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Container Port Performance Index: Some Thoughts for Action

and , October 12, 2022, 0 Comments

container-port-performance-index-marketexpress-inIn the times when supply-chain resiliency is an important pillar of any nation’s external economic engagements, the release of the Container Port Performance Index Report 2021 is not only timely but is indeed eye-opening for all stakeholders involved in logistics planning and execution.

CPPI is a comparable index of global container port performance of key ports in the world and is intended to serve as a reference point for national governments, port authorities and operators, development agencies, supranational organizations, various maritime professionals, and other public and private stakeholders in trade, logistics, and supply chain services of a country.

India’s policymakers cannot be oblivious of these maritime performance indicators, especially when the report cites a very low rank to Indian container ports, Pipavav (26), Mundra (48), JNPT (54), Hazira (68), Chennai (79), Krishnapatnam (95), Visakhapatnam (98) and Cochin (99) among the top 100 rankings in the index. It is based on total port hours per ship call, defined as the elapsed time between when a ship reaches a port to its departure from the berth having completed its cargo exchange. Container Port Performance Index (CPPI), has been produced by the Transport Global Practice of the World Bank in collaboration with the Maritime, Trade and Supply Chain division of S&P Global Market Intelligence. The CPPI index and underlying data is aimed to identify gaps and opportunities for improvement that would benefit all key stakeholders in global trade, including governments, shipping lines, port, and terminal operators, shippers, logistics companies, and consumers.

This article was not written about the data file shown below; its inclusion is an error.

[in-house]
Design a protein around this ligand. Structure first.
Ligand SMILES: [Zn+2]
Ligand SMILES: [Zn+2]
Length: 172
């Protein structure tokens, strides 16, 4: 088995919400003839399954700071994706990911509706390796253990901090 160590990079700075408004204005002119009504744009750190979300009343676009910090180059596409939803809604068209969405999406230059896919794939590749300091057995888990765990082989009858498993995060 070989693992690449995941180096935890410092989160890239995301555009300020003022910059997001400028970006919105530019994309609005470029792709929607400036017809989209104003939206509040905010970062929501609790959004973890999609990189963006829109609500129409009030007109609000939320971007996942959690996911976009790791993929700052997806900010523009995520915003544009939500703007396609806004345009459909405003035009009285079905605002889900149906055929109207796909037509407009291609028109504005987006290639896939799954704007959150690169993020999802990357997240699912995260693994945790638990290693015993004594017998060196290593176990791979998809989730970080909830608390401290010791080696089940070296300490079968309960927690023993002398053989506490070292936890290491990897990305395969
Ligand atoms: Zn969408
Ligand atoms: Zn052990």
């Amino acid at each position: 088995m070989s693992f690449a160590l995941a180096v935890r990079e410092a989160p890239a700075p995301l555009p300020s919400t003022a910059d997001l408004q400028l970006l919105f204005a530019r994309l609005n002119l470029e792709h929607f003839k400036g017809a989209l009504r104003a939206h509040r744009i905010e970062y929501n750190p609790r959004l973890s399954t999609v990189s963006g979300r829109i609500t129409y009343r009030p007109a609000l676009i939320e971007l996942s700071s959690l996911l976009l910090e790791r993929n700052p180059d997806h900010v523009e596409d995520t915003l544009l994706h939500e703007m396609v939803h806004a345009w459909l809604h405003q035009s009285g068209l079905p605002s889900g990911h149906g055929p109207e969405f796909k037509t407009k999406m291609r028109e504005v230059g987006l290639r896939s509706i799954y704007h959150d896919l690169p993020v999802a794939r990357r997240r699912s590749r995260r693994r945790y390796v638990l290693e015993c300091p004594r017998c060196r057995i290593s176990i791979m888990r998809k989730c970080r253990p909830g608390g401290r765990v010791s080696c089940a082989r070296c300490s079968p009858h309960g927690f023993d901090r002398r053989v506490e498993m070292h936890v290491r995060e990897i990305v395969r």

The report challenges us to deliberate on the ways and means to improve Indian container ports. India’s maritime trade is more than 90% of the total and the performance of maritime ports is a crucial element in the cost of international trade. Unfortunately, ports and container terminals of all major and non-major ports in India are often sources of shipment delays, supply chain disruptions, additional costs, and reduced competitiveness of Indian goods in the international markets. The rank of Indian ports in the CPPI index indicates that Indian container ports are characterized by limitations in spatial and operating efficiency, limitations in maritime and landside access, inadequate oversight, and poor coordination between the public agencies involved, resulting in a lack of predictability and reliability. The poor performance of container ports and terminals has its “blue-chip effect” i.e., demand changes at the end of a supply chain lead to inventory fluctuations along the entire supply chain operations which could disrupt the entire schedule.